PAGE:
Emerging Infectious Diseases. 2000;6(4) 

In This Article

Abstract and Introduction


A healthy 13-year-old boy who had spent the first 4.5 years of his life in an orphanage in Thailand before adoption by an American couple became ill with subacute sclerosing panencephalitis and died several months later. The boy had most likely contracted wild-type measles in Thailand. Measles complications are a risk in international adoptions.


Undiagnosed infections in internationally adopted children have been receiving increasing attention throughout the past decade. HIV, hepatitis viruses, Treponema pallidum, Mycobacterium tuberculosis, and intestinal parasites frequently complicate such adoptions[1,2]. Subacute sclerosing panencephalitis (SSPE), a postinfectious neurologic complication of measles, can also occur. We describe a fatal case of SSPE in an internationally adopted child 9 years after he arrived in the United States.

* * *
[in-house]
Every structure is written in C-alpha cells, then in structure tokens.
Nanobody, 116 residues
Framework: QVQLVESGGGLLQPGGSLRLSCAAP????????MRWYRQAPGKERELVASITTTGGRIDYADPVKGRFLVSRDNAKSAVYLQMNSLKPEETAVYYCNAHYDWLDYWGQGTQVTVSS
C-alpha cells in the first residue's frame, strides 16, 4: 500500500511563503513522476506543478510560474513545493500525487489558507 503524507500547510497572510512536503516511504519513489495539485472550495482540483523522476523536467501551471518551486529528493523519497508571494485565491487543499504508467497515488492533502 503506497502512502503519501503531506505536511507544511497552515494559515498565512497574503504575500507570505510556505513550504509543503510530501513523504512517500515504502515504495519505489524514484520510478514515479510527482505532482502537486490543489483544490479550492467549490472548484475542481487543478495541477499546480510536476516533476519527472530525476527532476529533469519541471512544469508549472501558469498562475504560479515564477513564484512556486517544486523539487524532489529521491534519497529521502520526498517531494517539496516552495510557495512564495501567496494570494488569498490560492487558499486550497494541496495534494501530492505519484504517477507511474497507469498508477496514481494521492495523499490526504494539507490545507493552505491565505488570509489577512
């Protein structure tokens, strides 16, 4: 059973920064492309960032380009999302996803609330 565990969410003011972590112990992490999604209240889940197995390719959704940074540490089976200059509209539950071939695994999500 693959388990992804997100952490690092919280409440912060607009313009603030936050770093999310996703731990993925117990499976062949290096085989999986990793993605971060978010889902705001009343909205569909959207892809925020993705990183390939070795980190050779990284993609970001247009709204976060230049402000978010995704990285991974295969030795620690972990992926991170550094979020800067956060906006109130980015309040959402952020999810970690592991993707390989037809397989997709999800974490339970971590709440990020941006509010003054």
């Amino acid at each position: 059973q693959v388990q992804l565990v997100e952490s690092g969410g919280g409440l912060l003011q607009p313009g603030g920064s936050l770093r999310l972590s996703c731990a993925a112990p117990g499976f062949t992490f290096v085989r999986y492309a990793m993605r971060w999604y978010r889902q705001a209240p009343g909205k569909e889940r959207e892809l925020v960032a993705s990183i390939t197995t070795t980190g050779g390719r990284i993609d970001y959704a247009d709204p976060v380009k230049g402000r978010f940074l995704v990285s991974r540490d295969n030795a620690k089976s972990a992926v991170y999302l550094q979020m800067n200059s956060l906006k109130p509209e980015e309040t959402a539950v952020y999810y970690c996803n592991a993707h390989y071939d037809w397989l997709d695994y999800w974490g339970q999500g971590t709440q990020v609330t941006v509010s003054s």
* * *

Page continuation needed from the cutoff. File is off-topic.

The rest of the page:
Comments on Medscape are moderated and should be professional in tone and on topic. You must declare any conflicts of interest related to your comments and responses. Please see our Commenting Guide for further information. We reserve the right to remove posts at our sole discretion.
Post as: